John Wheatley Award

To recognize the dedication of physicists who have made contributions to the development of physics across the globe. The award will consist of a stipend of $5,000 and a certificate citing the contributions made by the recipient. The award will be presented biennially, every odd-numbered year, at the general meeting of the American Physical Society.

Rules and eligibility

The award will be made to a physicist who, working in developing country has made an outstanding contribution to the development of physics in that region by working with local physicists in physics research or teaching. Nominations are open to physicists of all nationalities but the award will not be given to a person for work in his or her own country. Nominations will be considered for two review cycles provided the nominator re-certifies the nomination before the next deadline.

Process and selection

The nomination package must include:

  • A letter of not more than 5,000 characters evaluating the qualifications of the nominee(s).

In addition, the nomination should include:

  • A biographical sketch.
  • A list of the most important publications.
  • At least two, but not than four, seconding letters.
  • Up to five reprints or preprints.

Establishment and support

The award was established in 1991 with the support of Forum on International Physics.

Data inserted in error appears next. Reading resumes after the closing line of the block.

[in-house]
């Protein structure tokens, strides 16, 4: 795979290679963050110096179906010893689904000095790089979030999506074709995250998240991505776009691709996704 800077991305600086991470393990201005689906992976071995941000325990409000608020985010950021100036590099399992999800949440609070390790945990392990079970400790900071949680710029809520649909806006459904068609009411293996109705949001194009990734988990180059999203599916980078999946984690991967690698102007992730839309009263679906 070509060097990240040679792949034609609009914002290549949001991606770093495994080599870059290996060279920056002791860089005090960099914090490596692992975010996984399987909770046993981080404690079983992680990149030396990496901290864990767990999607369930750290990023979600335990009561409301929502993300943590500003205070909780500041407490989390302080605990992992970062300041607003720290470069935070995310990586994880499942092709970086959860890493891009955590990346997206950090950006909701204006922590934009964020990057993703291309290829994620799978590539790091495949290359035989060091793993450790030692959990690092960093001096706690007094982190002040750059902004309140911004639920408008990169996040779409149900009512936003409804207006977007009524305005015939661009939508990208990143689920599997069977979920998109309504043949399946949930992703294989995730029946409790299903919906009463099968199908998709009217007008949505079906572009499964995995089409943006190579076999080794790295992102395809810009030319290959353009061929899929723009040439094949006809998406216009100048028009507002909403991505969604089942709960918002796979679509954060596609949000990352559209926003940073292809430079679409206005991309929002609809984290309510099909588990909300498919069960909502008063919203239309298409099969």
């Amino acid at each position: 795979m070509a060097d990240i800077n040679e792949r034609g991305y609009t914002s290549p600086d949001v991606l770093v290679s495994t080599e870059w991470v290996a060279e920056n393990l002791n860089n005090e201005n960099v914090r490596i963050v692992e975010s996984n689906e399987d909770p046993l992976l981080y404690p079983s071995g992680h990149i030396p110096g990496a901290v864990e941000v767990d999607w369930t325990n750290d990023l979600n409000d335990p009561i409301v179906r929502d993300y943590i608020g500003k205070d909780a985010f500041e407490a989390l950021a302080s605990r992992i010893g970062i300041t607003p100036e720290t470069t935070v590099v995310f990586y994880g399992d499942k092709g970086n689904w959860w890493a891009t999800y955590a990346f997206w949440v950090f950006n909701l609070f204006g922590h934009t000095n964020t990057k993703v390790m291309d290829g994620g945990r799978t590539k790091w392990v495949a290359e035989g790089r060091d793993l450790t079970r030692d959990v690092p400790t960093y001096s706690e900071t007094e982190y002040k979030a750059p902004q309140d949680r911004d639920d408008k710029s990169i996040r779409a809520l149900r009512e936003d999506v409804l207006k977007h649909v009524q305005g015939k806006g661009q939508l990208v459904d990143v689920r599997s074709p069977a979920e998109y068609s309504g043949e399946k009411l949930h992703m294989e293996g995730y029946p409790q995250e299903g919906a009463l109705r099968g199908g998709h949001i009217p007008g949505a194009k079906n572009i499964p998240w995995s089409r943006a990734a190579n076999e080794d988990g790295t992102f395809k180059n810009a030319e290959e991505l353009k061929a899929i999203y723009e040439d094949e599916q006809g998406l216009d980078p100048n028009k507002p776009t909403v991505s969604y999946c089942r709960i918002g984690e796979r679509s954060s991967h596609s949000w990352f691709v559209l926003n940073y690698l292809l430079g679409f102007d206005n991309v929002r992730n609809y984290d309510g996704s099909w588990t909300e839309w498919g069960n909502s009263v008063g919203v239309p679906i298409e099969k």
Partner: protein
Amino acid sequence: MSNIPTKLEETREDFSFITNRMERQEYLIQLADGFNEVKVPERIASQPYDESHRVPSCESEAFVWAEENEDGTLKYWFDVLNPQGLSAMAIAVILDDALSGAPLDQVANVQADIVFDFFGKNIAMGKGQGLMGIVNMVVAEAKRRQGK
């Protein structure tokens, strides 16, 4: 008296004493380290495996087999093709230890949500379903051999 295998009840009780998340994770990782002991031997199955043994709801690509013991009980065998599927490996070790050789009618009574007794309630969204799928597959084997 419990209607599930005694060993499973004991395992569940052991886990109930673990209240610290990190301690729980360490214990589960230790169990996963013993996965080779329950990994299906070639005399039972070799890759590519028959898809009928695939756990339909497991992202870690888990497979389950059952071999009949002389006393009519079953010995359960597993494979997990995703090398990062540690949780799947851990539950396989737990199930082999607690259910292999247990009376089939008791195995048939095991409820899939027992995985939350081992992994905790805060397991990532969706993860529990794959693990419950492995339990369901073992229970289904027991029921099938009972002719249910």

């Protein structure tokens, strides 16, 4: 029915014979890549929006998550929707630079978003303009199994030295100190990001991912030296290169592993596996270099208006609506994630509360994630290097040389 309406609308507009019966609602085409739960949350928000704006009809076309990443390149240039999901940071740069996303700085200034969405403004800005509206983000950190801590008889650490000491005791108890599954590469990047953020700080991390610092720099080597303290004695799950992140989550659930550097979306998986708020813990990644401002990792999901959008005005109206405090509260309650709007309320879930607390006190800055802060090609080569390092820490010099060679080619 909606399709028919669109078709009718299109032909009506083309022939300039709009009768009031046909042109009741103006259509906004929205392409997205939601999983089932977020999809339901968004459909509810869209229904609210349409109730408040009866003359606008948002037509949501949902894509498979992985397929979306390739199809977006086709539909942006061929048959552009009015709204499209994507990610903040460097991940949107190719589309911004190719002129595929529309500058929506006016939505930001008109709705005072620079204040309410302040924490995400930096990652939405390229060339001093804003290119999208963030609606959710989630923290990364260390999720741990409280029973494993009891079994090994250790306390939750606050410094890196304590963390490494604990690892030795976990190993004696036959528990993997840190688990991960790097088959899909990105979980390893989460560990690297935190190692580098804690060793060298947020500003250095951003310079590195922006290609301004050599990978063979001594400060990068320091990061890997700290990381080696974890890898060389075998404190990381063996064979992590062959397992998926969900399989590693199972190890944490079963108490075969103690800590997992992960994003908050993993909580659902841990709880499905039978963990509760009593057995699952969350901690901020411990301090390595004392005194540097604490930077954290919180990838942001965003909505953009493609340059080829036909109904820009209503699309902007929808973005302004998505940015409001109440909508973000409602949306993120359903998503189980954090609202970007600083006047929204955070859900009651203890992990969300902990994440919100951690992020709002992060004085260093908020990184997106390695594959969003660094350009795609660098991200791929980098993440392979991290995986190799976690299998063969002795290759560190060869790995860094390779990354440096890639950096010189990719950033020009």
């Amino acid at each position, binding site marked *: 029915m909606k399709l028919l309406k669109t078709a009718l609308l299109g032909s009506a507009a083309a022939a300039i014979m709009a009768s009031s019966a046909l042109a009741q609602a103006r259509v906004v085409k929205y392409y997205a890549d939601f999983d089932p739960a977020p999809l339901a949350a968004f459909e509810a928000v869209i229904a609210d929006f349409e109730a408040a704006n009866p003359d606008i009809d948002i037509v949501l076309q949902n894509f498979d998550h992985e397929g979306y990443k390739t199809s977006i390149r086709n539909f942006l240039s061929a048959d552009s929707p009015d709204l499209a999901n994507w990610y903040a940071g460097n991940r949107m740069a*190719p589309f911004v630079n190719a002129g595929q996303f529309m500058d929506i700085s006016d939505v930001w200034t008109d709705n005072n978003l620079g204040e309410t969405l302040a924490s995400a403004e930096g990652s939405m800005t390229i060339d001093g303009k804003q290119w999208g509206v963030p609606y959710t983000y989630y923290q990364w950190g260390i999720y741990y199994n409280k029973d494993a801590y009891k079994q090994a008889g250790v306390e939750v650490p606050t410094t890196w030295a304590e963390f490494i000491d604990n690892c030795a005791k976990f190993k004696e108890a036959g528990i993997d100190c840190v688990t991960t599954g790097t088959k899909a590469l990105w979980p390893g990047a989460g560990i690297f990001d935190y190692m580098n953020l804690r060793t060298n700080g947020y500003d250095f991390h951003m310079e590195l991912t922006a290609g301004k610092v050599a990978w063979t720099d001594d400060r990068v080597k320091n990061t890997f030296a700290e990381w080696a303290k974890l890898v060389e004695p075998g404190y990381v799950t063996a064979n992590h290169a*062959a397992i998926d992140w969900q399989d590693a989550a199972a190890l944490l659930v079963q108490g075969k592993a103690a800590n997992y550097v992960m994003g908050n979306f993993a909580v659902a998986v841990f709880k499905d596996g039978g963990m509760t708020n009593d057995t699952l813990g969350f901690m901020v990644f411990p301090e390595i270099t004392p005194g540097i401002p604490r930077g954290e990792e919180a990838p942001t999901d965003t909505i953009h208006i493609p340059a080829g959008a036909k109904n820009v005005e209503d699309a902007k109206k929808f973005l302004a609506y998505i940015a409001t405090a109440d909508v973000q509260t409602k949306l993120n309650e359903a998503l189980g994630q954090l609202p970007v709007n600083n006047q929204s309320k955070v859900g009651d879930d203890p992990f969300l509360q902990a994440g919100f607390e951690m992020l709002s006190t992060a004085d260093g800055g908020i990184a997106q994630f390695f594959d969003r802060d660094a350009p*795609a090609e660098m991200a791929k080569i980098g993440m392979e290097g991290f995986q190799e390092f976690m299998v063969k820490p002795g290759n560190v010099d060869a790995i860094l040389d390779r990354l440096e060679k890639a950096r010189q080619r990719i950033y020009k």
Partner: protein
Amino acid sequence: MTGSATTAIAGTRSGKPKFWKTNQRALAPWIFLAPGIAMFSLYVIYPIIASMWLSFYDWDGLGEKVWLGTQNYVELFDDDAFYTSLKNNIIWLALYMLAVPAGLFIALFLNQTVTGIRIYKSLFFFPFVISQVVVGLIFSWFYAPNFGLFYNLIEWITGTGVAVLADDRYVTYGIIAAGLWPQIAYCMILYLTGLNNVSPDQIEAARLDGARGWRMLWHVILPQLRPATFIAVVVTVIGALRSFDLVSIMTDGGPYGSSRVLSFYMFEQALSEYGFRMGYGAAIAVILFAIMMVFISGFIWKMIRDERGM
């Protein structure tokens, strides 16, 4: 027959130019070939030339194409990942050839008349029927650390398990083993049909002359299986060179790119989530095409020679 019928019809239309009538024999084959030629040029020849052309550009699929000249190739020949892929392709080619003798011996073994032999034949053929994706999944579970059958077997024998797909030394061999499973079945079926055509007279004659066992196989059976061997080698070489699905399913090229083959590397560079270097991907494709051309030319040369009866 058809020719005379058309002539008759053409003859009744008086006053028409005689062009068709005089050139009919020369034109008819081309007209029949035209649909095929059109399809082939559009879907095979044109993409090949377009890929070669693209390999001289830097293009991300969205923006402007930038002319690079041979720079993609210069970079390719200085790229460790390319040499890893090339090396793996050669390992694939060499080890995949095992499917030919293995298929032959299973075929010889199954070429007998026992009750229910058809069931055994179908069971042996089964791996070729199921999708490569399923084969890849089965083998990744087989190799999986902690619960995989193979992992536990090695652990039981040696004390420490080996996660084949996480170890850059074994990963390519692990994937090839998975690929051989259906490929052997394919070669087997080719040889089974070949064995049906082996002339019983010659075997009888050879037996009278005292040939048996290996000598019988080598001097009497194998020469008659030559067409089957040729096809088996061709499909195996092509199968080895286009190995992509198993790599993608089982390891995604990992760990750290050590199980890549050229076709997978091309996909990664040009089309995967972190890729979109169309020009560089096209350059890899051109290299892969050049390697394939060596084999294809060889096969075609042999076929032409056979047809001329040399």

Recent recipients

James E. Gubernatis

2023 recipient

For ongoing commitment to developing physics in Africa through initiating the African School on Electronic Structure Methods and Applications and leadership in bringing together African physicists from across the continent to create a Pan-African physics communication vehicle.

Fernando Quevedo

2021 recipient

For sustained commitment and achievement in the advancement of physics and science in developing countries.

Nathan Berkovits

2021 recipient

For exceptional leadership in fundamental physics research in South America.

Federico Rosei

2019 recipient

For sustained leadership and service to the international physics community, in particular for developing global collaborations through projects and networks in China, Mexico and several African countries, and for exceptional mentoring efforts.

Neil G. Turok

2017 recipient

For visionary efforts to provide science and math training to young Africans, to help promote technological and socio-economic development on that continent.

See all recipients

The membership of APS is diverse and global, and the nominees and recipients of APS Honors should reflect that diversity so that all are recognized for their impact on our community. Nominations of members belonging to groups traditionally underrepresented in physics, such as women, LGBT+ scientists, scientists who are Black, Indigenous, and people of color (BIPOC), disabled scientists, scientists from institutions with limited resources, and scientists from outside the United States, are especially encouraged.

Nominees for and holders of APS Honors (prizes, awards, and fellowship) and official leadership positions are expected to meet standards of professional conduct and integrity as described in the APS Ethics Guidelines. Violations of these standards may disqualify people from consideration or lead to revocation of honors or removal from office.

John Wheatley Award

Nominations deadline
June 3, 2024
Service and teaching

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